What Is a Software Stack?
The term “Software Stack” is frequently used by engineers to describe the different layers involved in software development. For example, an internet browser relies on a web server to display websites and the computer’s operating system to send and receive data.
Every layer of a software stack interacts with the layers above and below it. A common example is the process of accessing the internet. When using a web browser, data is sent over the Internet Protocol (IP) network, which is transported by the Transmission Control Protocol (TCP). TCP sits on top of the internet layer of the internet protocol suite, which sits on top of the network access layer, which in turn sits on top of Ethernet.
In order for the function of browsing the internet through a web browser to work seamlessly, each layer of the software stack must function perfectly.
Difference Between a Software Stack and a Technology Stack
A software platform serves as the foundation for building applications. This platform can include hardware, operating systems, programming languages, libraries, and frameworks. On the other hand, a technology stack refers to the technologies used by an organization to create or support its products or services. Typically, a technology stack consists of three layers: hardware, operating system, and middleware.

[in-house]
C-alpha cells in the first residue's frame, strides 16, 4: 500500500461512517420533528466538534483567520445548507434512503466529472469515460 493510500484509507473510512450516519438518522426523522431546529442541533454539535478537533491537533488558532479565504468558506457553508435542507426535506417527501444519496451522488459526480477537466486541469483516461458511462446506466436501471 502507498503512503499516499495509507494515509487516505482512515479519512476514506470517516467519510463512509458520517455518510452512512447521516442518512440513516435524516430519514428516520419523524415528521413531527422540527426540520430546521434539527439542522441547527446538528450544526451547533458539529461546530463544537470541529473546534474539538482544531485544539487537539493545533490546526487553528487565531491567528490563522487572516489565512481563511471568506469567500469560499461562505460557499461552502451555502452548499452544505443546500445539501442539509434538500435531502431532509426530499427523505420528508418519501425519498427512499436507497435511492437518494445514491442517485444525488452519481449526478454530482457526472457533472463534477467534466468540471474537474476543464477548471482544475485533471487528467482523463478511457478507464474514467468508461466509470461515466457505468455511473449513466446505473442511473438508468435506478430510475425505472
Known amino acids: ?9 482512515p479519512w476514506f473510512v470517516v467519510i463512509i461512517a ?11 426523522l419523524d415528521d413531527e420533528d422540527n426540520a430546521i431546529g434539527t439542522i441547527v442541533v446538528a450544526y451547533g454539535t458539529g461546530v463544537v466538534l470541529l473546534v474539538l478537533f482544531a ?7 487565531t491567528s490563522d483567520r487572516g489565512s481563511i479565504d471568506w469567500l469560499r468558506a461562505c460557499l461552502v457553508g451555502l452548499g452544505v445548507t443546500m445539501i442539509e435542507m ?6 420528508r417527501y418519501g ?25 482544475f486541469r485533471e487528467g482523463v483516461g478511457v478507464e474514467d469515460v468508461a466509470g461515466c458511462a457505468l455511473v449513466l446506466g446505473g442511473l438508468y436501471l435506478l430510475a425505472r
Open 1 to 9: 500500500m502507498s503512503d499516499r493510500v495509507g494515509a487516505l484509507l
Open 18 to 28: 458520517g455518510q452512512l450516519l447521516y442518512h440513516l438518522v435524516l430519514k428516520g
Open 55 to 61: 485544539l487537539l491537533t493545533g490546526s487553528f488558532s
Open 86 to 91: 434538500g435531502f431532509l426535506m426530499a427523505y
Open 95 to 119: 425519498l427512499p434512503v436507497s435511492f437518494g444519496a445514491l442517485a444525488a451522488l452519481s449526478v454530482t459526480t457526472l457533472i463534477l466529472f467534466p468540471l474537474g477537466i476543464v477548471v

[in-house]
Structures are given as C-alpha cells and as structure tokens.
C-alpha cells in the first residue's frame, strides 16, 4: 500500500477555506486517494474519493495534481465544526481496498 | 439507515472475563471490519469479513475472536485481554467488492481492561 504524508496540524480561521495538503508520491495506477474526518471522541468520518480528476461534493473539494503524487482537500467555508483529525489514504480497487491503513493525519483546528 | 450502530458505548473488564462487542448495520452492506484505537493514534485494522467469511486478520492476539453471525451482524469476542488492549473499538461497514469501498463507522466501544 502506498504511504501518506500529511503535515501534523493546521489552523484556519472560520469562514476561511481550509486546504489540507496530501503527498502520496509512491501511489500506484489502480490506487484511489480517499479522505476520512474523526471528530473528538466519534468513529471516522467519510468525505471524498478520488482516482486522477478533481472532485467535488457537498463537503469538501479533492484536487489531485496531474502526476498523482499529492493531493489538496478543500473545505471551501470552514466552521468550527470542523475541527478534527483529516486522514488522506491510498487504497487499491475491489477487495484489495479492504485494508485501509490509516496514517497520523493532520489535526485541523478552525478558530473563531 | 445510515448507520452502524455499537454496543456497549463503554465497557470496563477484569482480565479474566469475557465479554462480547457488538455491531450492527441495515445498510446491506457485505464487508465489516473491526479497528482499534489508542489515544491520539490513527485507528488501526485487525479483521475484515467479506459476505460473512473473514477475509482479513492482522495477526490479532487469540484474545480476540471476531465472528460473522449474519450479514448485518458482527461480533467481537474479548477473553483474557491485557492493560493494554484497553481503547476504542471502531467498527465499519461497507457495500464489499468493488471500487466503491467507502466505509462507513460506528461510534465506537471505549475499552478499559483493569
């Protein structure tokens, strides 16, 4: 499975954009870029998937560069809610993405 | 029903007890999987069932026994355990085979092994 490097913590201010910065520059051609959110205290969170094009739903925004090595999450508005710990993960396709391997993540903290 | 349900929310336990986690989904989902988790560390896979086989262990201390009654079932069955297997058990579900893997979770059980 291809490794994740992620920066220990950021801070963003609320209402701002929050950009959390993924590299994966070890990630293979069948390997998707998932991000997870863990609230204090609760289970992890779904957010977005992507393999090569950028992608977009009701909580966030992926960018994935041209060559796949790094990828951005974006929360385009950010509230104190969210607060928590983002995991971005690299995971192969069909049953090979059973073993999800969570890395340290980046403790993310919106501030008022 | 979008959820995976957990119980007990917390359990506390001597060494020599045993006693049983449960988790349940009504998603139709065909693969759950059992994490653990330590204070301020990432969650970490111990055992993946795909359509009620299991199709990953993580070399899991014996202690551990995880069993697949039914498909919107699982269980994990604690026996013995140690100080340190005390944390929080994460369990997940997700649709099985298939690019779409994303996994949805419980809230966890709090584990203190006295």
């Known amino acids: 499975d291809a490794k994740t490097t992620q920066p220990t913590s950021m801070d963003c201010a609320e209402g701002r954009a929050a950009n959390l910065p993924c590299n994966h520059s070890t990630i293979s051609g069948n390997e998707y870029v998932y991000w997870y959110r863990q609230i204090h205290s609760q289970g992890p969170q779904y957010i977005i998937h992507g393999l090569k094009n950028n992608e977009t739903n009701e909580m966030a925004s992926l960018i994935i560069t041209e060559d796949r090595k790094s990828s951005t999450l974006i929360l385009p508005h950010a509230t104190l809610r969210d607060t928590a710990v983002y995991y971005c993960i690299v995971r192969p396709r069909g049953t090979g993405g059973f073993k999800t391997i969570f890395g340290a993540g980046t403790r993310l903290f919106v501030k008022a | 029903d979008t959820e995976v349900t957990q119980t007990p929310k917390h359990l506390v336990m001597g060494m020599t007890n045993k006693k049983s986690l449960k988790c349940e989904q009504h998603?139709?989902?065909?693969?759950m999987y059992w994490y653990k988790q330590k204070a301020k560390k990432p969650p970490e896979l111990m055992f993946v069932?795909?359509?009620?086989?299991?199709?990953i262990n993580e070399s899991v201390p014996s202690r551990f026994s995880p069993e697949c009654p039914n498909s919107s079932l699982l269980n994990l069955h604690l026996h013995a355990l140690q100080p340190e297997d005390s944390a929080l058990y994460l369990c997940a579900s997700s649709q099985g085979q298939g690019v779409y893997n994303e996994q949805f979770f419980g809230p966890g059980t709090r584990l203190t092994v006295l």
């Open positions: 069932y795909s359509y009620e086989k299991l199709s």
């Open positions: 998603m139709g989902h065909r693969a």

In contrast, a software stack encompasses all the software components that support an application. This includes programming languages, coding frameworks, web servers, client interface tools, runtime environment, database tools, and more.
Some Examples of Software Stack
The LAMP stack is a widely used stack in web development. LAMP stands for Linux, Apache, MySQL, and PHP/Perl/Python. This stack is utilized by over 25 percent of all Internet websites and is a popular choice among developers due to its open-source nature and cost-effectiveness.
MAMP is a software stack designed for macOS or Windows, enabling users to easily set up a web server. With the Apache Web Server, MySQL relational database management system, and PHP, users can run dynamic websites on their own computers. MAMP is an excellent solution for individuals who want to develop their own websites from scratch without the need to install software on a remote server or purchase server space.
MEAN is a development stack that utilizes MongoDB, Express, AngularJS, and Node.js. The acronym represents the four open-source technologies that form this full-stack software solution.
The choice of software stack depends on the specific needs and requirements of a project. Each software stack offers a unique set of advantages and disadvantages in the development process.